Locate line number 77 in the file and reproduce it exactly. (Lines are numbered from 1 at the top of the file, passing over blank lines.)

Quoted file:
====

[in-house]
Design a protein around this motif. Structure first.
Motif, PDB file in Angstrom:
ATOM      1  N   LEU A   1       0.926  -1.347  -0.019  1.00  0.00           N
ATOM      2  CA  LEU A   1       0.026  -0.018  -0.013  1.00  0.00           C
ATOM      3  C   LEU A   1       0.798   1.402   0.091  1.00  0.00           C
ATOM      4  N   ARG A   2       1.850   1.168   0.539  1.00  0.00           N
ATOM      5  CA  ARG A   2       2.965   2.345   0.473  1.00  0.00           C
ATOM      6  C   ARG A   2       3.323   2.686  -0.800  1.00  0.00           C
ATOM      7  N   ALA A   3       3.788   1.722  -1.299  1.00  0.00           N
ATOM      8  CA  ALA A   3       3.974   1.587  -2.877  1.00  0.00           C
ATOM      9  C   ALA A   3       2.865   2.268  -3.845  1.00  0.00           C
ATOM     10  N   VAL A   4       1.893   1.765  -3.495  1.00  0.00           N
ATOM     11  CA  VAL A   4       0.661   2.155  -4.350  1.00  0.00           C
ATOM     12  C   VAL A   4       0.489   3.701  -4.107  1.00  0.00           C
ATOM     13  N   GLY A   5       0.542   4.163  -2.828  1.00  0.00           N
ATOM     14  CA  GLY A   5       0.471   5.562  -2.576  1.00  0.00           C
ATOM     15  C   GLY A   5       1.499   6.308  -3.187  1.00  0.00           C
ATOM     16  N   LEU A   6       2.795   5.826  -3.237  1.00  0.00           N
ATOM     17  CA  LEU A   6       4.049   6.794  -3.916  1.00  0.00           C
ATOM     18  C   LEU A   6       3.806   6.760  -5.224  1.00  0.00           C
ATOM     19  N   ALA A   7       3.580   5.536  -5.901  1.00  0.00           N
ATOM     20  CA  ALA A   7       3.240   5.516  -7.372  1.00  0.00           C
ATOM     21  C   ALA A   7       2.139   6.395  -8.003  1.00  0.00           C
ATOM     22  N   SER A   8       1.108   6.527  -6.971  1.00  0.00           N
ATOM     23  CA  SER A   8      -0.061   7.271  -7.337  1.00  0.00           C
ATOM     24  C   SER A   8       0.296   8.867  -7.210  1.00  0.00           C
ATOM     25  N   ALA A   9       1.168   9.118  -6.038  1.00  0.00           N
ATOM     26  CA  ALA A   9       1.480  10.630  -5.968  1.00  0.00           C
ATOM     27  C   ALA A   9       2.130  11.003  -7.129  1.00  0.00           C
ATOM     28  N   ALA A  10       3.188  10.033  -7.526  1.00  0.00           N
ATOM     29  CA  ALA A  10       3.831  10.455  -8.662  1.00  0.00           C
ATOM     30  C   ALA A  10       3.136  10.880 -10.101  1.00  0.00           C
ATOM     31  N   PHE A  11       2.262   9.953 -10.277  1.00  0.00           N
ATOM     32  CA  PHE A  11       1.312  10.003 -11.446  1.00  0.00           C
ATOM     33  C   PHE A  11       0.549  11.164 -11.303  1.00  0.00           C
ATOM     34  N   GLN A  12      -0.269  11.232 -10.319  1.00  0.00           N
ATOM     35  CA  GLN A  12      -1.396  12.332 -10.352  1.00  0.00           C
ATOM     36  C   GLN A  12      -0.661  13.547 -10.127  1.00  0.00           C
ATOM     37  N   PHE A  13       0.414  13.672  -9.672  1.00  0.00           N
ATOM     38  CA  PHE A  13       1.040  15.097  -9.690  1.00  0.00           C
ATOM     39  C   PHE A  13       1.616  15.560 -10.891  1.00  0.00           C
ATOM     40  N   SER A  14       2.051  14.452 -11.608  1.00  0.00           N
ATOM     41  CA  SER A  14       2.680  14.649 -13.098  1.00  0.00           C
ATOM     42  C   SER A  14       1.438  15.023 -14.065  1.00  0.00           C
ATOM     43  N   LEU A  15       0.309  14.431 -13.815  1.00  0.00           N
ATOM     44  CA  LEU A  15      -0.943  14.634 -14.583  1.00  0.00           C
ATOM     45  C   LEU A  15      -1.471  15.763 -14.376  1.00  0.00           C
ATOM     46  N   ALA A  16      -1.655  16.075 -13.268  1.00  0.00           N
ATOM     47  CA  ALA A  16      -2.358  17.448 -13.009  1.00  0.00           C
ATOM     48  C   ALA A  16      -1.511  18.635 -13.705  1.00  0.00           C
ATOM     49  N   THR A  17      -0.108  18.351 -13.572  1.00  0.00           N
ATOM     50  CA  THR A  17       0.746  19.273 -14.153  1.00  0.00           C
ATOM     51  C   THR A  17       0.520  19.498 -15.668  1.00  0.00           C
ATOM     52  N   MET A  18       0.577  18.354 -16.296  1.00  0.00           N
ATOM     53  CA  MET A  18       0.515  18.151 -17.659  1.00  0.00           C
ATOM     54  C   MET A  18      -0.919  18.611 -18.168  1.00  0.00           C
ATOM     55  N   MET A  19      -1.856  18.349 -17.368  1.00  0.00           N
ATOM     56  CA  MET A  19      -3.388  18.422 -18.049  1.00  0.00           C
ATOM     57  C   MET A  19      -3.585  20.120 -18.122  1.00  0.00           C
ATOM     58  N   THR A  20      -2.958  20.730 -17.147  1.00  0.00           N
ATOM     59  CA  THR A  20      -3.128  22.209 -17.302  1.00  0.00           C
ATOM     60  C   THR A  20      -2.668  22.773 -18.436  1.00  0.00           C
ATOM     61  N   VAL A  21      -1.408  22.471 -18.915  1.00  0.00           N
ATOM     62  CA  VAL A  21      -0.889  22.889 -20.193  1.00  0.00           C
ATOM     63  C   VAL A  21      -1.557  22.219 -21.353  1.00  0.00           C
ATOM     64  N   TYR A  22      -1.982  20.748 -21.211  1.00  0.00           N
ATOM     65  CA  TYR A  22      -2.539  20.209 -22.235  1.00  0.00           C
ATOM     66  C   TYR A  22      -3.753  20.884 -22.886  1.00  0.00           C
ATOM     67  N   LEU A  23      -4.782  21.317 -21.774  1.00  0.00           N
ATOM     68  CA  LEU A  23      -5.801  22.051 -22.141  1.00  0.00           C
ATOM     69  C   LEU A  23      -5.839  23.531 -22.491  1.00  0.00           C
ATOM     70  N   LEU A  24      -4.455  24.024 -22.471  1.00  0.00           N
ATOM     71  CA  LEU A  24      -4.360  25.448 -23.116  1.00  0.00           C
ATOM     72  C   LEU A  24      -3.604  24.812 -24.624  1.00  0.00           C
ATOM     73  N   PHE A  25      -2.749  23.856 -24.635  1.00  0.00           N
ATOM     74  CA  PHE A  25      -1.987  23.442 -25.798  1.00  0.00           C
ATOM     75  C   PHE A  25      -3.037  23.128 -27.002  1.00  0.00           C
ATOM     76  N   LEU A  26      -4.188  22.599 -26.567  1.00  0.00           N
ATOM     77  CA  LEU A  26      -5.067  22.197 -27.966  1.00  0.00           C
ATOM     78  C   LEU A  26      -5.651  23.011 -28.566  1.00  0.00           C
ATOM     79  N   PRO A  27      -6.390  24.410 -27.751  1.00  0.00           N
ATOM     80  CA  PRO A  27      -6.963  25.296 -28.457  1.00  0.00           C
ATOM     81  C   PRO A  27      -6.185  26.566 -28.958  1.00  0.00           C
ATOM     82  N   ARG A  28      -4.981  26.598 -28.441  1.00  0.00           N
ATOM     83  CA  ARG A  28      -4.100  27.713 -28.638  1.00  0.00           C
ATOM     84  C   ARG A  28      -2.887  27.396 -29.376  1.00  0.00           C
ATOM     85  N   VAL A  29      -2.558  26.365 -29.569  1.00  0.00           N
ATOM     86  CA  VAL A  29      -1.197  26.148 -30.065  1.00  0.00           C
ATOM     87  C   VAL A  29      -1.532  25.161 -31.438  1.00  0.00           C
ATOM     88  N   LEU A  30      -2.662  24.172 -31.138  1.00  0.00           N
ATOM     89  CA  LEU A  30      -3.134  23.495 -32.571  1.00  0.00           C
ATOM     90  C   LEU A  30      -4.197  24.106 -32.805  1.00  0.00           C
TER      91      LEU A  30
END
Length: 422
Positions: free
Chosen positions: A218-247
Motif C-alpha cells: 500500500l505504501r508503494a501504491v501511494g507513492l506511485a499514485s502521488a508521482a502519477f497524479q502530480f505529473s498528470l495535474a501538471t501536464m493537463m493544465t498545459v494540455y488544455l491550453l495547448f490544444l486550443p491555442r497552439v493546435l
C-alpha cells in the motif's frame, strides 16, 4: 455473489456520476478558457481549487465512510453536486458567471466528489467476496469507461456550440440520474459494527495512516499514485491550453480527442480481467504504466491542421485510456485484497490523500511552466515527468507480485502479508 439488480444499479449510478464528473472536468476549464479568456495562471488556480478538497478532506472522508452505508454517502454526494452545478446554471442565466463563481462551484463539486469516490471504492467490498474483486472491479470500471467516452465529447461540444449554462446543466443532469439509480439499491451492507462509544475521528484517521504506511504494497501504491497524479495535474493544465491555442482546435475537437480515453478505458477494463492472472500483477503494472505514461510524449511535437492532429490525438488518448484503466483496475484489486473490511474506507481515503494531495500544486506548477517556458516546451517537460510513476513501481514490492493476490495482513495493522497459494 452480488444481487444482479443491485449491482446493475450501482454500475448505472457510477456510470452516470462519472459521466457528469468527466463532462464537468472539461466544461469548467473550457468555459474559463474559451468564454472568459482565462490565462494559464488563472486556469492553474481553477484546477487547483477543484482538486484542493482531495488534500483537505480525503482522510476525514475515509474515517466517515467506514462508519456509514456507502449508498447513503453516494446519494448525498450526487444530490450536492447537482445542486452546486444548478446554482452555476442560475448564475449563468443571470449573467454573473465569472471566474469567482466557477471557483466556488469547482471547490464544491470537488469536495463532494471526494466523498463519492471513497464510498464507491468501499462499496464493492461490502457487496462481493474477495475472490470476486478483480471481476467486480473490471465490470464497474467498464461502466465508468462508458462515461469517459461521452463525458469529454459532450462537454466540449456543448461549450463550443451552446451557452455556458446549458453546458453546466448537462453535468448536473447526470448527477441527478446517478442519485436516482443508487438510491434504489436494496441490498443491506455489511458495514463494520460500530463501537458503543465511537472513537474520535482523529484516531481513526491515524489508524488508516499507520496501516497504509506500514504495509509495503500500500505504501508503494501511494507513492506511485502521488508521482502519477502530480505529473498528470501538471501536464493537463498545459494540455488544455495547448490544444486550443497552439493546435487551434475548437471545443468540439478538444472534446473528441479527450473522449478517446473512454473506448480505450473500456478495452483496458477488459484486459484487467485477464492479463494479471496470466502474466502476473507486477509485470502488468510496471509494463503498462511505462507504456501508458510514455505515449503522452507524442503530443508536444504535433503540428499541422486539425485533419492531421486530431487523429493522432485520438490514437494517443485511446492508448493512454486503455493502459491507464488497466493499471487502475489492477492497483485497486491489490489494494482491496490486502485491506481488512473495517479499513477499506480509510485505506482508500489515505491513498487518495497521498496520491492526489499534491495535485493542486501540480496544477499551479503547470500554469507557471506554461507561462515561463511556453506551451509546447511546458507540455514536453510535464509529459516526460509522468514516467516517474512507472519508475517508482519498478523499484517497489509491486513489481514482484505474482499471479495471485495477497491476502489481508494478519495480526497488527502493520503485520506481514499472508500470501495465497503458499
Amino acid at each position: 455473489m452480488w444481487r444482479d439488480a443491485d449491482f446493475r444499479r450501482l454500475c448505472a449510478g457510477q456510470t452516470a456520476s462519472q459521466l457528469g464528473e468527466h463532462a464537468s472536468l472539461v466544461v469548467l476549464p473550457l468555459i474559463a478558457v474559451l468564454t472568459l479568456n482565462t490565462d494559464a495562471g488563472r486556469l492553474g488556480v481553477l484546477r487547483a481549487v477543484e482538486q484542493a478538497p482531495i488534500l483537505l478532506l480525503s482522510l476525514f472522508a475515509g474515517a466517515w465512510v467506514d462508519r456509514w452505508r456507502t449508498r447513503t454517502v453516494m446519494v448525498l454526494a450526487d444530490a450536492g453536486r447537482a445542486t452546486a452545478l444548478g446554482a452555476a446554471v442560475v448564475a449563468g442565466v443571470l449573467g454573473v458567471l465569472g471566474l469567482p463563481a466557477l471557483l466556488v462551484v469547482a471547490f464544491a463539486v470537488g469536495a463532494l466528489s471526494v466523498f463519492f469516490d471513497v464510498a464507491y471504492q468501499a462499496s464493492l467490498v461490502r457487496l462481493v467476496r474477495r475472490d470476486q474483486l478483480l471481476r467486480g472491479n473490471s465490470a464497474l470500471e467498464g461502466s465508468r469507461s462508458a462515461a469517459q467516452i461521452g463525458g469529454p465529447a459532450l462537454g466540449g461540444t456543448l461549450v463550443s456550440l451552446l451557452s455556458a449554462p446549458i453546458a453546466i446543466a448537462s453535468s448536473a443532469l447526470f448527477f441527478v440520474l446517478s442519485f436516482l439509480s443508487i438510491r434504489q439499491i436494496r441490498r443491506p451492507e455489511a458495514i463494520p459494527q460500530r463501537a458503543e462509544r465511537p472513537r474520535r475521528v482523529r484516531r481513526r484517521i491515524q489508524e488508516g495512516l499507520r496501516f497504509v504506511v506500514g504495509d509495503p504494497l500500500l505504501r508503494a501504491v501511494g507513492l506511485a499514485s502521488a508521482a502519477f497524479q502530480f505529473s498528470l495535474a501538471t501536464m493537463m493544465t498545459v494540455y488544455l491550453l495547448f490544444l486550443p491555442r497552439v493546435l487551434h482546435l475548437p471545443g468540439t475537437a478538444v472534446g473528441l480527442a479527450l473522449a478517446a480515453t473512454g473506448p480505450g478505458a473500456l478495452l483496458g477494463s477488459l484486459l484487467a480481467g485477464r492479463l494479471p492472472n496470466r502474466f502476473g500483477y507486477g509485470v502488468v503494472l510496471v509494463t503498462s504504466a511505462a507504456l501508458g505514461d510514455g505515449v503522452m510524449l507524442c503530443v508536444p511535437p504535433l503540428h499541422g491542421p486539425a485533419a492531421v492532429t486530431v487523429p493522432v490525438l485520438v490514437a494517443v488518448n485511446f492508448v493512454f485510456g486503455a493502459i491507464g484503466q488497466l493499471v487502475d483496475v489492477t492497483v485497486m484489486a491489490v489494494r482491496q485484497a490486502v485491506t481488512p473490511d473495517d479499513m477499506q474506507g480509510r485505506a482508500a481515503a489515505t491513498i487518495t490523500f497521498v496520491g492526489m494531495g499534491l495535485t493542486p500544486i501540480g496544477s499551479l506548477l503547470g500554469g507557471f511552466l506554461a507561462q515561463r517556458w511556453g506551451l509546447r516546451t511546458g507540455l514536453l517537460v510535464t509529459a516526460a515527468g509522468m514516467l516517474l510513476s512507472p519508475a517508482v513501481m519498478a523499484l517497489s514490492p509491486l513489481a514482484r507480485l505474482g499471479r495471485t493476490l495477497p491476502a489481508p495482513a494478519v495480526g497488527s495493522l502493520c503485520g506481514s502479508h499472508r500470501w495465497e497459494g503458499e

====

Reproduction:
ATOM     74  CA  PHE A  25      -1.987  23.442 -25.798  1.00  0.00           C